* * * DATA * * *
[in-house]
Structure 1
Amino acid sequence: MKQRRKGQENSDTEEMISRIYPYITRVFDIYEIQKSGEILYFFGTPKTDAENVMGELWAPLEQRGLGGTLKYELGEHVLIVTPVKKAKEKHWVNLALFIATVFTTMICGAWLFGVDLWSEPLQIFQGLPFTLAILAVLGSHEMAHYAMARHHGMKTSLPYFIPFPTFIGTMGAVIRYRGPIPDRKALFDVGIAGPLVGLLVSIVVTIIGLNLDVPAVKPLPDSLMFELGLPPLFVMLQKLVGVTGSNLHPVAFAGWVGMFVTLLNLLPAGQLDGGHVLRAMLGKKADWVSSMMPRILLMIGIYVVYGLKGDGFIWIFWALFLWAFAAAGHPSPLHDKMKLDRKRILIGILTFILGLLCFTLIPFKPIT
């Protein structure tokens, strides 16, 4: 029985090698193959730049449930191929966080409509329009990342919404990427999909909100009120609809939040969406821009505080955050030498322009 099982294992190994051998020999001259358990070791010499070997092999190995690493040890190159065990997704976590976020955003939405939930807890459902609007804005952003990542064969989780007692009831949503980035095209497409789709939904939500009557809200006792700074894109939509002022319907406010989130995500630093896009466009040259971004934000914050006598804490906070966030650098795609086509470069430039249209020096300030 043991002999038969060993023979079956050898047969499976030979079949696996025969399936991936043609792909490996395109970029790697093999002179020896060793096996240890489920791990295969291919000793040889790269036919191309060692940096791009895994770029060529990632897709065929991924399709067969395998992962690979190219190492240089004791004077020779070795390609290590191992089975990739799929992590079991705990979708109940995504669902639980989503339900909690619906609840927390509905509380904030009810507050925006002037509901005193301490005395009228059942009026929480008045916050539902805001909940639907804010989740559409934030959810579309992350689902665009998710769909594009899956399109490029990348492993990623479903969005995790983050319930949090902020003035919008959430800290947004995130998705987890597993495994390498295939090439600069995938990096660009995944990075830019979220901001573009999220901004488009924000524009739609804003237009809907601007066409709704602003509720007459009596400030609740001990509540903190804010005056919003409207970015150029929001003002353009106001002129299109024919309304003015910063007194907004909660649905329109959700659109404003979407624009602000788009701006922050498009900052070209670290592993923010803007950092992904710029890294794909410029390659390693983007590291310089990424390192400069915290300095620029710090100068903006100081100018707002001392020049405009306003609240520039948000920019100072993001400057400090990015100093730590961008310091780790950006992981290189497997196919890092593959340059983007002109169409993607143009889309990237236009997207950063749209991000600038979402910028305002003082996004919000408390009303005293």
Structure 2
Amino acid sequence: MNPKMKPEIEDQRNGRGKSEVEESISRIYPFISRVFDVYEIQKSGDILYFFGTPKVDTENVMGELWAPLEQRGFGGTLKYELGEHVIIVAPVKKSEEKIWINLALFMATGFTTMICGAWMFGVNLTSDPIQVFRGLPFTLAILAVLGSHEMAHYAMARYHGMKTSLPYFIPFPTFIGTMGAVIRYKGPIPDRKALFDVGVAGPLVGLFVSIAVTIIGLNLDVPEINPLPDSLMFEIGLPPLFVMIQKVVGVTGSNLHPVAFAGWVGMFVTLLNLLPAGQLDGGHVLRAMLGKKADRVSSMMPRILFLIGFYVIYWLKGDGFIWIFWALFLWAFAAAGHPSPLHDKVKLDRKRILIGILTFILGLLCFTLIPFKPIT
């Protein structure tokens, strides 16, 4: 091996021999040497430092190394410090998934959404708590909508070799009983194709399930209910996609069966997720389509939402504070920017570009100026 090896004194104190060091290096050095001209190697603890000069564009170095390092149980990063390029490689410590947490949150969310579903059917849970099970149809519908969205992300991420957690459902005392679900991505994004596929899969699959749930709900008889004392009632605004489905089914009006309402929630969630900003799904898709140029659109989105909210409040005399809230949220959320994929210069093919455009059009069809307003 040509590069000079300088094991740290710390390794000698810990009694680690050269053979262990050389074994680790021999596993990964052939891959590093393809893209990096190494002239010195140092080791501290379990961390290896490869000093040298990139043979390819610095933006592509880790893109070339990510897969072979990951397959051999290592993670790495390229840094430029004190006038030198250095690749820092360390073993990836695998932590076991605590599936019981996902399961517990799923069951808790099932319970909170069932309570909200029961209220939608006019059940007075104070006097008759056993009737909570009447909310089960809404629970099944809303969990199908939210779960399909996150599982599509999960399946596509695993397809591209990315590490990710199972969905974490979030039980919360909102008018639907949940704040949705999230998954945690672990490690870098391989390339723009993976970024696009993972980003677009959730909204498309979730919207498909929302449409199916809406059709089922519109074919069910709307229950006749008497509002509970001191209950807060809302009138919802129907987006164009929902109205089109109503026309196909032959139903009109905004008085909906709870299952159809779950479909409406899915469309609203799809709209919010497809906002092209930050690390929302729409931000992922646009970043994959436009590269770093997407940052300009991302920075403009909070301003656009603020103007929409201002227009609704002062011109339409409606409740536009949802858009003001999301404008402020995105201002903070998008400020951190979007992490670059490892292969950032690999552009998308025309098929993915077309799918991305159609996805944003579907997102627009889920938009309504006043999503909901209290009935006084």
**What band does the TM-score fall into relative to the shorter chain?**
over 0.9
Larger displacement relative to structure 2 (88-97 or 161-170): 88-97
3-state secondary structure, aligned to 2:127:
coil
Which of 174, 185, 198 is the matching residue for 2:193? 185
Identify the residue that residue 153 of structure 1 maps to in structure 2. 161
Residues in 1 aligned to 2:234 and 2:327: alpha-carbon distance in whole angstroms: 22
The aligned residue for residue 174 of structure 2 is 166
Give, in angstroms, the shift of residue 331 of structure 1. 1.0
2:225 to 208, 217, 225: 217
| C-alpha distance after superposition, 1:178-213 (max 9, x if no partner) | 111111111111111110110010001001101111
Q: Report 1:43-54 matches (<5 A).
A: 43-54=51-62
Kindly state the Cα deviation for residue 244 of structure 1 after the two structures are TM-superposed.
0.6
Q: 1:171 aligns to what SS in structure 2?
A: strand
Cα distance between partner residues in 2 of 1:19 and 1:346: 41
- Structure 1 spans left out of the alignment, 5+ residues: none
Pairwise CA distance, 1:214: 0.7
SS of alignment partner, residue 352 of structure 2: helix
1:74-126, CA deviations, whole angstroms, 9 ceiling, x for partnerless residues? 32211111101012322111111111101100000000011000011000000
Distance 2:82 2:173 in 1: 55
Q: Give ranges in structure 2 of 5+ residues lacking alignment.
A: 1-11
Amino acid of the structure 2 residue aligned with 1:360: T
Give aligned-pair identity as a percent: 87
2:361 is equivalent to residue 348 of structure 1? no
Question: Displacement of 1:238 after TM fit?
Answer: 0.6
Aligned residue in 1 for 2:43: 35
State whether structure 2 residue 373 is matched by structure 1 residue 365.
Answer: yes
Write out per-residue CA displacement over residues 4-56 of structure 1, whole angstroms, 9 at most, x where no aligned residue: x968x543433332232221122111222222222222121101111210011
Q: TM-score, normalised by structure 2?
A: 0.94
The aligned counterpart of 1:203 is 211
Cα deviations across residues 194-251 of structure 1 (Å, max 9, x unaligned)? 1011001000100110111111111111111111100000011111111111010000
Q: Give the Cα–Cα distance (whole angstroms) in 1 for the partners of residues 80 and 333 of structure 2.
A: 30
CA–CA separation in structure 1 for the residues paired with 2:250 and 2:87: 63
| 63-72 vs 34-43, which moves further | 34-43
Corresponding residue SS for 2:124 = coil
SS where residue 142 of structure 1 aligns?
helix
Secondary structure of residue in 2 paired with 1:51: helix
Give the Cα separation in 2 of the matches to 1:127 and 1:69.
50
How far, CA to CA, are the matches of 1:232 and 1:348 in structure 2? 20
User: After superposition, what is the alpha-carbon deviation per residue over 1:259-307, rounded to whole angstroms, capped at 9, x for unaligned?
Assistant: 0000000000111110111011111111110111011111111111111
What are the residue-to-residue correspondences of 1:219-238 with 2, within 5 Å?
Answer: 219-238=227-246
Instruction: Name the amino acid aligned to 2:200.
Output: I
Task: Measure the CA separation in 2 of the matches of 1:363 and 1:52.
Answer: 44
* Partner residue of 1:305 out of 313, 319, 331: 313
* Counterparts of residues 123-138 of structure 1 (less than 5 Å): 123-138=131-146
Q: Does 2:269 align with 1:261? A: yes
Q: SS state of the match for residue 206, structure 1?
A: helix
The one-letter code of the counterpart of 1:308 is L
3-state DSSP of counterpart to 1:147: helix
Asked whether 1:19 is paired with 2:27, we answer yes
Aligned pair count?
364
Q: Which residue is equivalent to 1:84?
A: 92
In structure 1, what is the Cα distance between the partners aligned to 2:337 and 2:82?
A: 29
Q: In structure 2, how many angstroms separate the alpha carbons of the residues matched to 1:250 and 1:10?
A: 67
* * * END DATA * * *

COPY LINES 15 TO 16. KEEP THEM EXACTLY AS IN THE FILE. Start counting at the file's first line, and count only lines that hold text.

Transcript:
Residues in 1 aligned to 2:234 and 2:327: alpha-carbon distance in whole angstroms: 22
The aligned residue for residue 174 of structure 2 is 166